¶8 Defendant further contends that the trial court's judgment making division of property acquired during the approximately 10 year marriage and the award of alimony to her is, as to her, unfair and inequitable.
¶9 At the time of the marriage (December 18, 1954) plaintiff had been employed by Gulf Oil Corporation for a number of years and had accumulated some shares of stock of that corporation. Plaintiff testified he also had about $2500.00 in cash. The record does not reflect that defendant had any property, but did reflect she had a widow's pension of $130.00 per month until her son reached the age of 18 years. In May, 1955, they moved to Canada where plaintiff continued to work for Gulf until some years later when there was an "amalgamation" with British American Oil Company, and plaintiff worked for that concern as a superintendent. In May, 1956, they bought a house in Edmonton, Canada, with a mortgage thereon. They lived there until they separated in June, 1963, when plaintiff left the home, and later filed this action in Osage County, Oklahoma, in July, 1963. Defendant continued to reside in the house in Edmonton at all times reflected in the record. It is not questioned that plaintiff remained an American citizen with a legal domicile in Osage County. There appears to be no dispute that the property and funds accumulated during marriage came from plaintiff's earnings.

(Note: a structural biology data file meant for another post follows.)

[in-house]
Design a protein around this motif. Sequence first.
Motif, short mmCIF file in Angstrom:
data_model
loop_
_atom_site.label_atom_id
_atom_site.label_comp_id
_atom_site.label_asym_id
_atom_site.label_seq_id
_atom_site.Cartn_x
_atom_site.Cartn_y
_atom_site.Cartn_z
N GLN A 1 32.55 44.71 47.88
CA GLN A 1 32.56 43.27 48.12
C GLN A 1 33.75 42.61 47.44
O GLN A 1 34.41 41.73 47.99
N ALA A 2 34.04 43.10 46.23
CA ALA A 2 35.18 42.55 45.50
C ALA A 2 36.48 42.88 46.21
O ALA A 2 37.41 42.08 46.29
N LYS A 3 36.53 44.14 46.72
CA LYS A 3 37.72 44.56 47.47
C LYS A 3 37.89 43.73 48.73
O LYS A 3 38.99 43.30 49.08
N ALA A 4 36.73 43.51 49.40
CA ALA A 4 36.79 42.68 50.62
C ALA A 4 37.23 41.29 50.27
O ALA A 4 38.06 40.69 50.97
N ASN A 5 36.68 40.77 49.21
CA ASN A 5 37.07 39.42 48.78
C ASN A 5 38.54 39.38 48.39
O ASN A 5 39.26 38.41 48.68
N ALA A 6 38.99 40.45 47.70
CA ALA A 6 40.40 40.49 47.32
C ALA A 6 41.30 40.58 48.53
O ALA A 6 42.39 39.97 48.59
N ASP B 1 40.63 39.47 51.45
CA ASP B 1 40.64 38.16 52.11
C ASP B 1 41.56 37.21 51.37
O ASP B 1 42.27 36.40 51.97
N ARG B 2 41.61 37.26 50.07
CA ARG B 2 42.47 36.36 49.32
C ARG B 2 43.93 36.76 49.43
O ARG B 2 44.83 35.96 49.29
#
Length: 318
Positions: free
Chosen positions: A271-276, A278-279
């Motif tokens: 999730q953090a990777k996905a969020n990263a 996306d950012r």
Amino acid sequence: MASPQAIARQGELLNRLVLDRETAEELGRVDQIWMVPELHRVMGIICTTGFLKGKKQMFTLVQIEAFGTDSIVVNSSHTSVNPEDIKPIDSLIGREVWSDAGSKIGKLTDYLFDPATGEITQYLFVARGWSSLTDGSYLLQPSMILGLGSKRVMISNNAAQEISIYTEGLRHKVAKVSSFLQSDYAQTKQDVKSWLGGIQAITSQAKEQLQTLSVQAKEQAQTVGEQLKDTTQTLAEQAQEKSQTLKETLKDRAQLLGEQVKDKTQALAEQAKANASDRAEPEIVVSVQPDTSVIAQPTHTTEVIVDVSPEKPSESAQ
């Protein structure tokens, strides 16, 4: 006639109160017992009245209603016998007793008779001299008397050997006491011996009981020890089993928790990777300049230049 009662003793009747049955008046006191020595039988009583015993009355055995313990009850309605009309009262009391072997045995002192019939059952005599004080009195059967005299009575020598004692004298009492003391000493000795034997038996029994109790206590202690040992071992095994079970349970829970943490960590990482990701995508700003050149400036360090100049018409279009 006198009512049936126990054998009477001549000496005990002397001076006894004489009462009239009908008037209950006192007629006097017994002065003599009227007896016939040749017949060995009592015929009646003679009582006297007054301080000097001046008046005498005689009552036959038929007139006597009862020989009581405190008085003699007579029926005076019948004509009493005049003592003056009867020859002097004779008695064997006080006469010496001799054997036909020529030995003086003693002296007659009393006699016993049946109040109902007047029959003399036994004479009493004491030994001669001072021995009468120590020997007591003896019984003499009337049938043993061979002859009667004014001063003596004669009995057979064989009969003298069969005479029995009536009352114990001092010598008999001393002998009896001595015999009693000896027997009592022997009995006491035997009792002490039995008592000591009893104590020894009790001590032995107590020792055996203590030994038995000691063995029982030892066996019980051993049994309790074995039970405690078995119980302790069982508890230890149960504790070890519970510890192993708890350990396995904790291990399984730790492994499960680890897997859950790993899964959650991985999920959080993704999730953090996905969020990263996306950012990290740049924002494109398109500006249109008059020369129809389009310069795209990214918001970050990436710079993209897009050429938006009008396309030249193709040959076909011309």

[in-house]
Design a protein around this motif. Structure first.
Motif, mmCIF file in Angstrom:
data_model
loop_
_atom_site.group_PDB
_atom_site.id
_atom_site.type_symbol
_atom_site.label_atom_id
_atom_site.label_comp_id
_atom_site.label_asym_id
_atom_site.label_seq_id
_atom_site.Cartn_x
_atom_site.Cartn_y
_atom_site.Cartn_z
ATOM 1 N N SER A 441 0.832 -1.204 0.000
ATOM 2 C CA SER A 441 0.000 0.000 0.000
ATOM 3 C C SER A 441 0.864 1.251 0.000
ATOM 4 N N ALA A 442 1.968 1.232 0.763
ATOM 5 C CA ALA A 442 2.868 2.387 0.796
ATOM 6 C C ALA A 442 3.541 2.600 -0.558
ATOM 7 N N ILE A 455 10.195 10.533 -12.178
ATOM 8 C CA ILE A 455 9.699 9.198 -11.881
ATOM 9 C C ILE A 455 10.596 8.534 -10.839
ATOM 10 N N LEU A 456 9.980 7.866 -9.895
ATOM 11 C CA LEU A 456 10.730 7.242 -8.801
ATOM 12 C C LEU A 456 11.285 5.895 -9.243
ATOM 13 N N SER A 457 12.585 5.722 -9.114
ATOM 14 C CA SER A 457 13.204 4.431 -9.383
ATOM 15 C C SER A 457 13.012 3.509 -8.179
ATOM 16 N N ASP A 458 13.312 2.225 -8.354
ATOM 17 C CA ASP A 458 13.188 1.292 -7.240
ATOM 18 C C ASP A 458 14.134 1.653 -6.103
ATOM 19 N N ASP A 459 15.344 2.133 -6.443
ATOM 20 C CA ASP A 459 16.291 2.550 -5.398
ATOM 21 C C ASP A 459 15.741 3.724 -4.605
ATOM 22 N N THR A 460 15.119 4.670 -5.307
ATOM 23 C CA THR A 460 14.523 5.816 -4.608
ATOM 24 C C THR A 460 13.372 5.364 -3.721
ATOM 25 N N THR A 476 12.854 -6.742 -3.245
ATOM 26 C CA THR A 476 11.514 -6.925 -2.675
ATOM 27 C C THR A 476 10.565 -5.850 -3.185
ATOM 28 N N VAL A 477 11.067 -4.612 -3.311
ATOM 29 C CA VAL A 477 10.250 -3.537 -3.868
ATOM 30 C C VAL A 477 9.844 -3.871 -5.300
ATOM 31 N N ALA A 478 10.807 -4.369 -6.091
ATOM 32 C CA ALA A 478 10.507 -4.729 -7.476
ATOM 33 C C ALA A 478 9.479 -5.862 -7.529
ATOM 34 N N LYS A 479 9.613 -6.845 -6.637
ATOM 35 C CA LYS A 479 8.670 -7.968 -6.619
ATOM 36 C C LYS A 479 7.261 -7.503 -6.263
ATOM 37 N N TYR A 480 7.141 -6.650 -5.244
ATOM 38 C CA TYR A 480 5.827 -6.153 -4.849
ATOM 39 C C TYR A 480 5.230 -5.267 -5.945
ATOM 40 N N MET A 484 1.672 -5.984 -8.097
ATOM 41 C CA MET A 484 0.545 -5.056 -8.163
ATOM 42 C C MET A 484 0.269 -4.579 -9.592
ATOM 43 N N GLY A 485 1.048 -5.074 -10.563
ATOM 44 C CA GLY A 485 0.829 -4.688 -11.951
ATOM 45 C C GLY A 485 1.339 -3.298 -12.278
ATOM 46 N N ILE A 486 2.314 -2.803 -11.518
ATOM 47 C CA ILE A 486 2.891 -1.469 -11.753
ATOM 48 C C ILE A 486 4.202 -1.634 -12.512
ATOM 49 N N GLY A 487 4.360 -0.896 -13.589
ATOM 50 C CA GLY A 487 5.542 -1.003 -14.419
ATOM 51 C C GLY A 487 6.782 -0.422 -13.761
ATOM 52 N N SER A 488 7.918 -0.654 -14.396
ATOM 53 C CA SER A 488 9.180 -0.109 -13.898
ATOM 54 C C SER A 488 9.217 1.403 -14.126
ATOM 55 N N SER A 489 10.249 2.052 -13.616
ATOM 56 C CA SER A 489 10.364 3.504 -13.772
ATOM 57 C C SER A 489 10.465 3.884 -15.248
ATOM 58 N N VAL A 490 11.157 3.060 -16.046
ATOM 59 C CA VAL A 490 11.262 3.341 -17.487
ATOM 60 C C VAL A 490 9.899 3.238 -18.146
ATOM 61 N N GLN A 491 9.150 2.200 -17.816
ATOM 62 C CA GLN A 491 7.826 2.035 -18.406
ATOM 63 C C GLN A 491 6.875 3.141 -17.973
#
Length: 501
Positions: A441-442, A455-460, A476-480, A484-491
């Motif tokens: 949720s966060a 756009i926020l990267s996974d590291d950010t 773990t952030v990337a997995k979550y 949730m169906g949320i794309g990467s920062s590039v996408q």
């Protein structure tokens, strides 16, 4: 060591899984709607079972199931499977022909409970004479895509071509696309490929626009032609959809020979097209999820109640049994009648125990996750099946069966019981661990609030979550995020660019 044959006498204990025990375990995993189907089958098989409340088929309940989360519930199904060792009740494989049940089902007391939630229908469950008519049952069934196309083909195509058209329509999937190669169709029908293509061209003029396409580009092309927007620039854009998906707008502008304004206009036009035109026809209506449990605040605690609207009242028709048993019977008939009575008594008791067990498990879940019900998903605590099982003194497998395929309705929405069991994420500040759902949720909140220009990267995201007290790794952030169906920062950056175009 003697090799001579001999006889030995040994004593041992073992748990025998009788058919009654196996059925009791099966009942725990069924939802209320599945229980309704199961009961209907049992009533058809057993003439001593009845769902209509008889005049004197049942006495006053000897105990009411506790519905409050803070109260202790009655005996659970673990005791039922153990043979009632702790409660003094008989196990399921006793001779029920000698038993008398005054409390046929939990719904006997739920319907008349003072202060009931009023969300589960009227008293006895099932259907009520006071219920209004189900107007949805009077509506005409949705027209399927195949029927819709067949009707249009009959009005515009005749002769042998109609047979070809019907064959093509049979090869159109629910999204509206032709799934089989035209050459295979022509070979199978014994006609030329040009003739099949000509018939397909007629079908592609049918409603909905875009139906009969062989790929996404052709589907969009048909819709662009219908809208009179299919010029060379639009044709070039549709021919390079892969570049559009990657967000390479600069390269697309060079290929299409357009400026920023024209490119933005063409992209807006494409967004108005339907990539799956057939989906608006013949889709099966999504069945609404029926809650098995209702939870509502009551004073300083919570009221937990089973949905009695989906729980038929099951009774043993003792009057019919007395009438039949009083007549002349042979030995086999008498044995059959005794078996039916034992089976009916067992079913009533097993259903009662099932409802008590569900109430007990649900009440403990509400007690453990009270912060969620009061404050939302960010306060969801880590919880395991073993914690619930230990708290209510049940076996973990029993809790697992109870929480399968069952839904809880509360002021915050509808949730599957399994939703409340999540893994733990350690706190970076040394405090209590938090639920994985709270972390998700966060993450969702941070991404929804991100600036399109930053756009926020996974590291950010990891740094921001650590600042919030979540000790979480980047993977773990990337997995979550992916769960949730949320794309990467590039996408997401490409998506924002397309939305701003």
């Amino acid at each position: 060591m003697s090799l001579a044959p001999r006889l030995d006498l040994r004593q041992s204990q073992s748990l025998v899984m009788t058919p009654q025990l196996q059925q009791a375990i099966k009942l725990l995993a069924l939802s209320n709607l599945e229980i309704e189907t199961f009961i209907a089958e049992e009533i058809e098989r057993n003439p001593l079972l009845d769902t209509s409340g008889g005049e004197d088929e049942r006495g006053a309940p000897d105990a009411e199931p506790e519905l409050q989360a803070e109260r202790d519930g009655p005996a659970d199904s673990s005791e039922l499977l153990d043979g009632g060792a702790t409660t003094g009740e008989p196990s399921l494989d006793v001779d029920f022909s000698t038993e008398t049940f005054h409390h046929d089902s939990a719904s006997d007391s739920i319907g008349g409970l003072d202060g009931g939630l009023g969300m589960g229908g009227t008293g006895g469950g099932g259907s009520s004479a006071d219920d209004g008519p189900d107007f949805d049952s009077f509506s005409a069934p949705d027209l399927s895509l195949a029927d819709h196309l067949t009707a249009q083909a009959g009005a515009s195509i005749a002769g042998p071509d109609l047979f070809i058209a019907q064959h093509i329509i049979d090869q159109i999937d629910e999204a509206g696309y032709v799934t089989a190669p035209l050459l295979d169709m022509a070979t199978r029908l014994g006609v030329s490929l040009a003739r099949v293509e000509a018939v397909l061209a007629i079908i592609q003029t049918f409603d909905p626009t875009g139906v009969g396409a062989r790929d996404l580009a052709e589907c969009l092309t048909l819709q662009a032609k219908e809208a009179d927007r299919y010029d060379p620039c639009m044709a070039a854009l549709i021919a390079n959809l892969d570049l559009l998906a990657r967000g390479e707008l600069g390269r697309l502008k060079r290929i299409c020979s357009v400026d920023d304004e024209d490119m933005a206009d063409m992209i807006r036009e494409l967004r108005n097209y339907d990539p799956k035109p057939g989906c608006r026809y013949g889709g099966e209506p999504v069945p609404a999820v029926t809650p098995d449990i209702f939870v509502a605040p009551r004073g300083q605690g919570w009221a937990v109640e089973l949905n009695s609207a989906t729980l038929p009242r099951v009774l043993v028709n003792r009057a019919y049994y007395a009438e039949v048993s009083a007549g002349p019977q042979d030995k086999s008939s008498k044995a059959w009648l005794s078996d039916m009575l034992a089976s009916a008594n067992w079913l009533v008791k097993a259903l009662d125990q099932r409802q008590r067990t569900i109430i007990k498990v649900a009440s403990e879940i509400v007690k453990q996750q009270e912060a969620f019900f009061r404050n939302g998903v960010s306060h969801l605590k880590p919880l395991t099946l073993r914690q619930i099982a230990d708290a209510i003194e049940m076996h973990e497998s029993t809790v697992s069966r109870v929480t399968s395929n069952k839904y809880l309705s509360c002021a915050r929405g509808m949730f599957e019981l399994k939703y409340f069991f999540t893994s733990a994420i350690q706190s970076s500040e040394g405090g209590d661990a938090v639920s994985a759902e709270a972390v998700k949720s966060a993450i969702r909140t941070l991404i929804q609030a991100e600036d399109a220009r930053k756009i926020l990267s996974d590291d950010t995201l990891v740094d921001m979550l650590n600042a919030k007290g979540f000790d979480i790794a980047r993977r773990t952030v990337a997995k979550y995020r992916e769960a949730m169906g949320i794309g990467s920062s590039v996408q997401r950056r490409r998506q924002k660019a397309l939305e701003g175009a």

¶10 During the marriage there was accumulated and owned at the time of trial, the house and lot in Edmonton, Canada; additional Gulf Oil Corporation stock; British-American Oil Company stock; British-American savings account; Canadian Government Bonds; one-half interest in house and lot in Skiatook, Oklahoma (subject to mortgage and in which plaintiff's mother lived); furniture; and an automobile. In the decree the court gave the defendant the home and lot in Edmonton, Canada (subject to the mortgage thereon), the furniture and the automobile and $4750.00 for alimony, and awarded the balance of the property and funds to plaintiff. The mortgage on the residence in Canada was in process of foreclosure on the date (October 23, 1964) of the final judgment.
¶11 A considerable amount of the dispute on division of the property is relative to the Gulf stock owned by plaintiff before marriage and that acquired after marriage. It appears that the difference in figures and amounts was largely because of a 3 for 1 stock split of this stock in December, 1959. It is our calculation that before the marriage the plaintiff owned 42 shares of said stock and after the stock split owned 126 shares with a value of about $7200.00 at the time of the decree, and the accumulation after the marriage (with the stock split) was 58 shares with a value of about $3300.00.